In Celebration of the Human Voice - The Essential Musical Instrument
The Norman Luboff Choir was among the most popular choral ensembles of their day, releasing a series of hit easy-listening LPs during the late 1950s and 1960s. Luboff was born May 14, 1917 in Chicago, where he began his career as a vocalist and arranger for area radio programs. In 1948 he relocated to Hollywood, singing on to compose movie music for Warner Bros. The first incarnation of the Norman Luboff Choir was formed during the mid-1950s, and in the years to follow they released a series of albums on Columbia that drew on music from a variety of genres and geographic locales, with titles including Calypso Holiday, Broadway!, Songs Of The Cowboy and Songs Of The Caribbean. The choir also backed a number of vocalists including Harry Belafonte and Doris Day, and although their recording career came to a halt during the late 1960s, they continued touring until Luboff's cancer-related death on September 22, 1987.-
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Review: Certainly one of our most unusual Christmas CD's on offer, these 1956/57 recordings are a blast of refreshment. The first 12 tracks, from "Calypso Holiday," are accompanied, sung in tribal languages as well as English, French and Spanish, and are guaranteed to cheer up anybody's holiday blues! Songs such as "Yellow Bird," "Pig Knuckles and Rice" and "Bamboo-Tamboo" are a wonderful break from the traditional carols, but lest you miss them, "Songs Of Christmas," features a series of medleys, all a cappella and arranged by Norman Luboff. The Norman Luboff Choir were quite popular in the '50's and '60's, too commercial to be considered classical, but nonetheless their renditions of the holiday chestnuts are first-rate.
My Old Kentucky Home
Review: Two great LPs on one CD, Norman Luboff's "Songs of the South" and "Songs of the Sea," both issued in 1956, bring us the NLC in their popular prime. All songs feature the patented Luboff satin-smooth arrangements and rich harmonies, and this one has lots of great a cappella on it! "My Old Kentucky Home," "Nobody Knows The Trouble I've Seen," "Deep River," Carry Me Back to Old Virginny," "Swing Low, Sweet Chariot," "Dixie" and "Eternal Father" are all sans accompaniment, and the lovely "Shenandoah" and "Lowlands" are only minimally accompanied. These tunes clearly show that the NLC was one of the best a cappella bands of any era. A total of 29 nostalgic winners--just listen to "I Must Walk That Lonesome Valley," "Un Deux Trois," "The Ballad of the Boll Weevil," "Homeward Bound," "A Roving"--these songs were passed on from generation to generation because people loved them and sang them a lot, not because they got a lot of radio play. A tremendous value and recommended!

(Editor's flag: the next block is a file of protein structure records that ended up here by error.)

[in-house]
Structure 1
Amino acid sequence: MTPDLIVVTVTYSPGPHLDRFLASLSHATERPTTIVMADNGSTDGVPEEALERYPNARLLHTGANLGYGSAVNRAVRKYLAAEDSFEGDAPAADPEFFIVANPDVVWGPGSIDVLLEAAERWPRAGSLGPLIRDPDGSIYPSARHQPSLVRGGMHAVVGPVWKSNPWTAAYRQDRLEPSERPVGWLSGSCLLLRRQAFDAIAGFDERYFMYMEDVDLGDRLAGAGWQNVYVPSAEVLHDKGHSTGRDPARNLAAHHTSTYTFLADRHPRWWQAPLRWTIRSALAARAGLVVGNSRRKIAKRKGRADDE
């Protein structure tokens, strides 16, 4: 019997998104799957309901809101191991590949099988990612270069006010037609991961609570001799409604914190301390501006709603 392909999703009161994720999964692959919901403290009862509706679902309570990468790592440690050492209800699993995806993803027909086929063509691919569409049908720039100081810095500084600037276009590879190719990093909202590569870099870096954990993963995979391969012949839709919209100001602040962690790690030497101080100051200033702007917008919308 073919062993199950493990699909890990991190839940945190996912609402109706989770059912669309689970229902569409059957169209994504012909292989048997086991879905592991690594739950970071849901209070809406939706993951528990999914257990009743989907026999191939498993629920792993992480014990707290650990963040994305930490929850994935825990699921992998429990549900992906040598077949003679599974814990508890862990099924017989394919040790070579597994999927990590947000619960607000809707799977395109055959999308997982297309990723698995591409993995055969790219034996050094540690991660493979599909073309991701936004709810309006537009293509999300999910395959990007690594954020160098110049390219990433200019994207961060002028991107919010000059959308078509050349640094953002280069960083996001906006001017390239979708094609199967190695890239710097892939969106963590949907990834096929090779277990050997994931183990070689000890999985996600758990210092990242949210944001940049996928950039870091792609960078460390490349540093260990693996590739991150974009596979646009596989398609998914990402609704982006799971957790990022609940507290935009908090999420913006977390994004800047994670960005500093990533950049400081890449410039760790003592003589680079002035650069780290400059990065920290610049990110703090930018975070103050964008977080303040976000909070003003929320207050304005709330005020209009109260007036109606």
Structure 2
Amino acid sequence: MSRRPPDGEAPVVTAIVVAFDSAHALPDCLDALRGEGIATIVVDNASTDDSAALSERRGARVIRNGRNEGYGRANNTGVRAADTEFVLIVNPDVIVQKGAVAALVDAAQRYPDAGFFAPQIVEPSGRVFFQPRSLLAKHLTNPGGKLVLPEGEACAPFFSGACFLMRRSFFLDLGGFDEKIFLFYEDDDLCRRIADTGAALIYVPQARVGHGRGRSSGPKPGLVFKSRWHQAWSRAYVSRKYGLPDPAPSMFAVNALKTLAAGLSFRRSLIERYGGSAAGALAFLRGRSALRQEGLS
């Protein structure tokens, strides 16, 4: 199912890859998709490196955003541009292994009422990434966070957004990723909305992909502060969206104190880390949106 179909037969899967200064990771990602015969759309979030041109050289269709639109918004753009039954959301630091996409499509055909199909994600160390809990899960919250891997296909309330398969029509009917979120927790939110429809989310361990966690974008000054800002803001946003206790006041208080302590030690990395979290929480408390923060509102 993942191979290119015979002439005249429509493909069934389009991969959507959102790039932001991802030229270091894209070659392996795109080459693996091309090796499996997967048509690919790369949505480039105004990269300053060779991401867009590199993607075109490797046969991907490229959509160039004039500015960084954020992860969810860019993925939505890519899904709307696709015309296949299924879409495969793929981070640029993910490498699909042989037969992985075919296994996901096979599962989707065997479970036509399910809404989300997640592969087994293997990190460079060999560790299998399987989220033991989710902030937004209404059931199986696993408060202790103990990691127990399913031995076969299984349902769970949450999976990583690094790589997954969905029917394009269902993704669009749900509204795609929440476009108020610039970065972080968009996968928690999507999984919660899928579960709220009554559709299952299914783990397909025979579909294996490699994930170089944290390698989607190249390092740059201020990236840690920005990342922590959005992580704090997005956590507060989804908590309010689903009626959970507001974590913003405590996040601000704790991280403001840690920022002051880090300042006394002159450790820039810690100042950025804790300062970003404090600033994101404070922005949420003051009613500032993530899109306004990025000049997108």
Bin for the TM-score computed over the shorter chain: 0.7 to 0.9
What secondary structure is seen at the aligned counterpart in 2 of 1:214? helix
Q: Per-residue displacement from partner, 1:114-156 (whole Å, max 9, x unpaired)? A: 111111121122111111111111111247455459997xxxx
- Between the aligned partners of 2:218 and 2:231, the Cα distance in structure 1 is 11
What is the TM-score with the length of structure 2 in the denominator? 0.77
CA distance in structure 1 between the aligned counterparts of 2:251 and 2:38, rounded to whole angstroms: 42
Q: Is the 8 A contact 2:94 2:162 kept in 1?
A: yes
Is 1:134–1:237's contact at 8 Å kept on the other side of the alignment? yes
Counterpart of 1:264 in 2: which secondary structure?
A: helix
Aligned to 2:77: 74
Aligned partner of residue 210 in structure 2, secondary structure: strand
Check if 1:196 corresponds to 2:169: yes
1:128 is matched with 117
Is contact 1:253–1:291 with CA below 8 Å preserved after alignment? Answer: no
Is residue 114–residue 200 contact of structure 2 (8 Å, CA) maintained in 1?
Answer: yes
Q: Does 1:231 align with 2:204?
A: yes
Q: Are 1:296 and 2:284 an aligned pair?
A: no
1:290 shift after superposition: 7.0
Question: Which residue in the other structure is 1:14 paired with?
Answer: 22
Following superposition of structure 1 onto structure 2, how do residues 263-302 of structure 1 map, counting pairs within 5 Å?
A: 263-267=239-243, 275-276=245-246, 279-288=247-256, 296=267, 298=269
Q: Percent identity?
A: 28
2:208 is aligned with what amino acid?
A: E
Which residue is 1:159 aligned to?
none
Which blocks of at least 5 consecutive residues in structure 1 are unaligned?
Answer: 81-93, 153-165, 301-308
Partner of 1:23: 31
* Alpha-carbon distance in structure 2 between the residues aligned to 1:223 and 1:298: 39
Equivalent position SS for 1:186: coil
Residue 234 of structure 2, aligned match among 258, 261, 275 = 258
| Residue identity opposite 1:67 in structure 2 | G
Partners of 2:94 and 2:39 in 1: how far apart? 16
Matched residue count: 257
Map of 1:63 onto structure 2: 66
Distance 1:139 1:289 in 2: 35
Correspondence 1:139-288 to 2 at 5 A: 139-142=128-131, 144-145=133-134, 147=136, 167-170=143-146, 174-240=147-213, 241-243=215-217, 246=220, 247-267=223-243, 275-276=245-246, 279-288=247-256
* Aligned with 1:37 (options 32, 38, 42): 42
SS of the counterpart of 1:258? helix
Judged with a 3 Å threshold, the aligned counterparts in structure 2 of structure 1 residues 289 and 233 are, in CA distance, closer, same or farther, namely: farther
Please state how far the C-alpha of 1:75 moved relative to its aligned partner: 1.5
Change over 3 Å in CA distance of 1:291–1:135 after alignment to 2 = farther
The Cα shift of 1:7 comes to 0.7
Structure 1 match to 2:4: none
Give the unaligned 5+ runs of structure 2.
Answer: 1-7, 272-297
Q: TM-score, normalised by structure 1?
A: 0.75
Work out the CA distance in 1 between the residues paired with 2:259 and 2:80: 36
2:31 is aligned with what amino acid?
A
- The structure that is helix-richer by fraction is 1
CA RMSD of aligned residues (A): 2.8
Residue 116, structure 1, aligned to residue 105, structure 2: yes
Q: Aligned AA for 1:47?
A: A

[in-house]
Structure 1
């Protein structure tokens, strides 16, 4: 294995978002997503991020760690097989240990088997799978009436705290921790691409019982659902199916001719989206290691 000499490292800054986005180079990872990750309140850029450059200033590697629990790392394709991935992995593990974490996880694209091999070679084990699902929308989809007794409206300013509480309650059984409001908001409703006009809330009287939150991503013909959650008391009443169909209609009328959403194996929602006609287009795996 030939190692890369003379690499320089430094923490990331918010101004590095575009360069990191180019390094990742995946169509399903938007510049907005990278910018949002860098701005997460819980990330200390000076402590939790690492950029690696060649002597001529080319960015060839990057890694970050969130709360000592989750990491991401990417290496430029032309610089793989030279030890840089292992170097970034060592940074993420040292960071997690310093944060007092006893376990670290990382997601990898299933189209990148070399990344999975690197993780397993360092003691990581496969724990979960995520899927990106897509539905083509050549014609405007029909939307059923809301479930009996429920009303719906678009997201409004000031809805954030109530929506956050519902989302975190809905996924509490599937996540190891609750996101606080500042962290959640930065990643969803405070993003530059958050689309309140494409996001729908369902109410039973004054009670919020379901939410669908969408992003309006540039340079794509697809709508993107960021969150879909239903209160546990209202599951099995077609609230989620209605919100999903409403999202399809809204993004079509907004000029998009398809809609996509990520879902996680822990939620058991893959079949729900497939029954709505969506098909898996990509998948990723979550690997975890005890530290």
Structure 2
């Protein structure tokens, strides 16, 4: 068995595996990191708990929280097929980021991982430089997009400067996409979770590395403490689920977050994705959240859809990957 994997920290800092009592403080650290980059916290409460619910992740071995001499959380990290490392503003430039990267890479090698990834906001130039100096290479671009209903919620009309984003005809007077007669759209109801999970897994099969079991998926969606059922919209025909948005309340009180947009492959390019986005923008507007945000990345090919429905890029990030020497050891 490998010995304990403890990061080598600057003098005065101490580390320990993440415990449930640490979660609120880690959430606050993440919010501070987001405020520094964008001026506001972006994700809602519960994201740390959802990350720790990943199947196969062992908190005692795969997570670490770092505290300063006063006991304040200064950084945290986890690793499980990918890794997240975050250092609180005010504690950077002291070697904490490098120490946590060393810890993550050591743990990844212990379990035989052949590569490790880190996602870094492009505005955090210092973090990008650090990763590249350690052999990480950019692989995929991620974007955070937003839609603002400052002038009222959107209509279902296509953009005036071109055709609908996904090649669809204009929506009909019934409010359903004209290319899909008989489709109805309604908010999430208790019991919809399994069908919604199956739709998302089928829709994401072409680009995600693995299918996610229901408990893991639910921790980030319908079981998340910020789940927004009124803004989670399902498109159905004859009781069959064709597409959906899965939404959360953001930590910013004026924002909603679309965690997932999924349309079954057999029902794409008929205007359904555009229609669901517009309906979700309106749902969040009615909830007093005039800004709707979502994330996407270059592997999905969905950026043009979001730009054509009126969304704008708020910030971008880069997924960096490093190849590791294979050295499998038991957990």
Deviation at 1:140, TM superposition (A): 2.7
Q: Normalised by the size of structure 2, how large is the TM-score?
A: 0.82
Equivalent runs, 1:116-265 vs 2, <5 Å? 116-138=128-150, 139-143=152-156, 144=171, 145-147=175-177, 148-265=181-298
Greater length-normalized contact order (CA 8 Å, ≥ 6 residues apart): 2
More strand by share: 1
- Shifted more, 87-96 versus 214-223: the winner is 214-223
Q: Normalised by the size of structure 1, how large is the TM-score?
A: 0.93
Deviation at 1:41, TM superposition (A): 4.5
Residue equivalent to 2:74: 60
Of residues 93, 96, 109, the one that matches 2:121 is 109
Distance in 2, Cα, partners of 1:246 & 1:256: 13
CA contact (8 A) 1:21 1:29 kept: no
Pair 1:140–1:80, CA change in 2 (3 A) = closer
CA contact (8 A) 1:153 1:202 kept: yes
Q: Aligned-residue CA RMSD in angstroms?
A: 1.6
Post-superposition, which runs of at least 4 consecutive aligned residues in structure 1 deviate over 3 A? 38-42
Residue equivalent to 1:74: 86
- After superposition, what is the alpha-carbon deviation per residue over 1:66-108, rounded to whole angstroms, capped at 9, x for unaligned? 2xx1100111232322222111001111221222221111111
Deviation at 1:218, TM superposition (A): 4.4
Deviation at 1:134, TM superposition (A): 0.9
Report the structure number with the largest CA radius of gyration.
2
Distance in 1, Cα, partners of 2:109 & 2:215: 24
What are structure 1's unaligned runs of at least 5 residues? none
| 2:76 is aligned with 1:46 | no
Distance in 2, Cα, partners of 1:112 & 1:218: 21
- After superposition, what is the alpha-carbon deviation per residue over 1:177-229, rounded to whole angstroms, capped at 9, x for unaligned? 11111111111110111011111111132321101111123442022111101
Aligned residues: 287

Review: Here are 19 songs, all from the movies, all arranged and conducted by Norman Luboff, A true musical eclectic, Luboff was driven to render every piece with a painstaking exactitude and an arrangement that immediately defined it as a Luboff performance. His choir toured annually from from 1963 until Luboff's death in 1987, and recorded more than 75 albums. This perfectionism is clear on every cut of every Luboff album, of which four, from 1961-65, are represented here. "All the Things You Are," "It Had to Be You," "As Time Goes By" (which Sam played again in "Casablanca," but actually was from the 1931 musical "Everybody's Welcome"), the title tunes from "My Foolish Heart," "Days of Wine and Roses," "High Noon," "On Green Dolphin Street," "An Affair to Remember," "Ruby" (from "Ruby Gentry") and "Laura," the lovely "Unchained Melody," "I'll Get By," "The Song from Moulin Rouge" ("Where is Your Heart"), and Irving Berlin's wonderful "Remember." Luboff is an American master, and his choir is one of the most powerful vocal groups of all time. Sure, all songs are gently accompanied, but the focus is on the smooth-as-maple syrup harmonies. These songs unabashedly tug at our heartstrings and push every romantic and sentimental button, and all we can say is, "highly recommended!"
Cockles and Mussels
Review: The Norman Luboff choir is one of the great choral folk/pop groups of all time, and "Songs" is one of those great 2-LPs on one CD compilations that give you so much great music for your money. First released in 1959, these 24 (all but one song accompanied) songs embrace the music of many countries, most of which are fresh to our ears today, but nonetheless smooth, rich and beautiful. The one a cappella tune, "Dear Fatherland, Farewell," is a nostalgic winner with bass harmonies to die for. Soloists William Reeve, Betty Mulliner and William Lee amaze us and break our hearts. Some of our favorites: "Lift a Glass to Friendship" from Poland, "Pepita" from Portugal, "Bamboo Flute" from China, "Cockles and Mussels" from Ireland, "The Lonely Birch Tree" from Russia, "Valencianita" from Venezuela - all are wonderful and touching. Highly recommended!